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Wait one apple-picking minute, we’ve got some apple-picking prejudice to report.


Rev. Manikka Bowman, her husband, Jeff Myers planned a nice family trip to  Connors Farm in Danvers, MA 20 minutes outside of Boston. The couple thought their two young children, an 18-month old infant, and a 7-year-old, would enjoy apple picking for Labor Day Weekend. News One reports that the family outing took a nasty, hostile turn into what Bowman and Myers describe as a “traumatic experience” in a blog post

We spent more than $100 on all-day admission, fruit picking as well as food and drinks. We also donated to the James and Robert Connors Scholarship Foundation that was marketed at the property. Throughout the day, the staff was gracious and helpful. But that dramatically changed as we were approaching the end of our day.

The family had such a great time, the children accidentally picked too many apples to fit in the designated bag, which spilled over in the bottom of their stroller as they walked back to the farm store. The couple even discussed using the farm as a venue for their oldest daughter’s next birthday party. Before they even reached the farm store to pay for the extra apples and apple cider donuts, however, they were confronted by security.

The security guard accused them of stealing the extra apples and escorted them to the store, where they searched Bowman’s purse for more “concealed” fruit.

“As it became apparent that the security guards, along with a third employee who was located in the farm building, were accusing our family of stealing, our outrage at the false accusation and the embarrassment and confusion it was causing us grew stronger,” Bowman and Myers wrote in the post.

Bowman told NBC10 Boston, the manager didn’t even acknowledge that they were paying customers who simply needed to pay extra for the additional 6 apples. They repeatedly explained that they were on the way to make more purchases, including the apples, but the manager only responded, “It’s my job to prevent stealing.” When they asked for the manager for his and the owner’s contact information, they called the police instead. After years of protests about overzealous and racist police confronting Black people with brutal and deadly violence, the manager knew he was putting their lives in danger 6 apples!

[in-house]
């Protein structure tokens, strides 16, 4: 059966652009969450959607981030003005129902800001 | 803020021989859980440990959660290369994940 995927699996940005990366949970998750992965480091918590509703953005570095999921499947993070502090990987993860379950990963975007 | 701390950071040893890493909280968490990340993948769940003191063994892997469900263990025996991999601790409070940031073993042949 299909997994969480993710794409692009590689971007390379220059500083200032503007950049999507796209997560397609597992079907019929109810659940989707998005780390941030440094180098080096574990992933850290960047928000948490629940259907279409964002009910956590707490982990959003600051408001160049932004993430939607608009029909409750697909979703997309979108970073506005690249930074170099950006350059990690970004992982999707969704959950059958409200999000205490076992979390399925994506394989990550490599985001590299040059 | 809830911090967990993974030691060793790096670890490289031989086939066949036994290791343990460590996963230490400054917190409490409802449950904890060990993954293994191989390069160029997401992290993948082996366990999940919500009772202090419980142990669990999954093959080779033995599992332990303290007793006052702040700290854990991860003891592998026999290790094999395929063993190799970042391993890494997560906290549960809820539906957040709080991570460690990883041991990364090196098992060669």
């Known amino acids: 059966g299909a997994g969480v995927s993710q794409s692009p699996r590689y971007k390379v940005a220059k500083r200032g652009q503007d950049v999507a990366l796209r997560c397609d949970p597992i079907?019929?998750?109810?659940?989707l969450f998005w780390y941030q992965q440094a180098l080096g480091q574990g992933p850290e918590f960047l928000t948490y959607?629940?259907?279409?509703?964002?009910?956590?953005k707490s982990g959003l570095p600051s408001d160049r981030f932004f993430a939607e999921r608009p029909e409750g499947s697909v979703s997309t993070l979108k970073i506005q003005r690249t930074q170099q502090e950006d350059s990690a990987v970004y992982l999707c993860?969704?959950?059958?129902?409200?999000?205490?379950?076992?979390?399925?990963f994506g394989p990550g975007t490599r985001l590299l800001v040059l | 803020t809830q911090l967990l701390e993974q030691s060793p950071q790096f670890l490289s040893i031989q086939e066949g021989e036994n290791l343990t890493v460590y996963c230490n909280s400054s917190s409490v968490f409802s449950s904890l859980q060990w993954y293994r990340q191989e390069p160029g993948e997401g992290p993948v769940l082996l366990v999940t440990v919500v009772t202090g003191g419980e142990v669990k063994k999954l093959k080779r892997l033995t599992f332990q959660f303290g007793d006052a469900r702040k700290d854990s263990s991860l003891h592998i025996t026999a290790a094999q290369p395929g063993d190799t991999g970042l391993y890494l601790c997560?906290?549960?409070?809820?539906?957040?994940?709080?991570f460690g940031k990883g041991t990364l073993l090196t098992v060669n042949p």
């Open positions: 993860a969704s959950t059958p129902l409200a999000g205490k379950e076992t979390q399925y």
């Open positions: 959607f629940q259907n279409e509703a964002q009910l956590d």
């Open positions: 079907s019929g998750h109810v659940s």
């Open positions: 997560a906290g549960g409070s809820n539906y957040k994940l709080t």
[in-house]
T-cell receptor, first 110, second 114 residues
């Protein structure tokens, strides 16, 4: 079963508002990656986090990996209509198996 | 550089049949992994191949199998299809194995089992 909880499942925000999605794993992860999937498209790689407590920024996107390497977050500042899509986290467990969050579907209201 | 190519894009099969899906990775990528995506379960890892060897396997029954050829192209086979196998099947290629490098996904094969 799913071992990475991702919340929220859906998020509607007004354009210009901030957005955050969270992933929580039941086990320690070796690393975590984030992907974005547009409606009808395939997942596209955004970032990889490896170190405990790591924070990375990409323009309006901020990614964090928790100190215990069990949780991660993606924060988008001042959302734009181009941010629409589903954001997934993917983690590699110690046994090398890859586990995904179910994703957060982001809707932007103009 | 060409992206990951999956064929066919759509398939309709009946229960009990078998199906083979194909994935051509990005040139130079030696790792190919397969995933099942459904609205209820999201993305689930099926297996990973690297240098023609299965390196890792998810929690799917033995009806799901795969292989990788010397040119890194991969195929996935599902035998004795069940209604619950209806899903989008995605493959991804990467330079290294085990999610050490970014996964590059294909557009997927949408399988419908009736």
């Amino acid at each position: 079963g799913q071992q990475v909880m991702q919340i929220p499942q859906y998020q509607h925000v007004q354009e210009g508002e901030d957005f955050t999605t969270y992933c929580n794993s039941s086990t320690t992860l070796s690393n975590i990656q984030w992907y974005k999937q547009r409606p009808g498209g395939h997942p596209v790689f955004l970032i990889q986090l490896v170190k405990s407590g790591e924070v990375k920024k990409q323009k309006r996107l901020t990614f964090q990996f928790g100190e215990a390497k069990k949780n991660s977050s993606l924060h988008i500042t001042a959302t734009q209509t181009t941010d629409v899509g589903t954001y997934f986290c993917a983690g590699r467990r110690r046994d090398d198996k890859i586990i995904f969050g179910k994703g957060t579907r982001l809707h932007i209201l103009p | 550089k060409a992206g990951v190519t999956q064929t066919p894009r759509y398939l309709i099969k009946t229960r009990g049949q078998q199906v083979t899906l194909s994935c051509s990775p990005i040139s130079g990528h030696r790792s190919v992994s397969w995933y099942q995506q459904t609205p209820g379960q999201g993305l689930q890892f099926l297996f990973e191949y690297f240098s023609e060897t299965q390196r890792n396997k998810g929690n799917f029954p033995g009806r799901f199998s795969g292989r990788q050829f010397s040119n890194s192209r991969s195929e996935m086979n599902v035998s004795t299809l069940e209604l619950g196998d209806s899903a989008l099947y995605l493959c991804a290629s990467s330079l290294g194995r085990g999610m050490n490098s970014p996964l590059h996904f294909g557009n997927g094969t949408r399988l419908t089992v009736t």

The Danvers boy in blue who arrived couldn’t wait to take the stolen apple story and run with it. He ate up every word of the manager’s accusation even though it didn’t make sense after the family invested so much time and money at the farm. Instead, he accused them of “playing the race card” and intimidated the couple into ultimately overpaying for the fruit.

The harassment, hostility, and racial profiling from Connors Farm and the officer made Bowman and Myers’ 7-year-old daughter burst into tears. According to the blog post, that anguish lasted into the night. The couple went on to demand an apology, refunding their money in the form of a donation to Essex County Community Foundation “with the specific purpose of supporting their racial equity work,” and a commitment from Connors Farm and Danvers PD to give their staff diversity, equity, and inclusion training.

Both the Town of Danvers and Robert Connors, owner of the farm, issued a public apology. Even the Connor Farm now-deleted apology posted to their Facebook page was shady. A follow-up comment from their company page doubled down on the incompetent staff and racial profiling.

“Just a friendly reminder that we reserve the right to inspect all backpacks, bags and strollers that exit our orchard.”

Connors Farm ignored the other two demands to donate the family’s money and commit to diversity, equity, and inclusion training. If that follow-up comment from someone at the farm is any indication, addressing racism in their ranks isn’t a priority.




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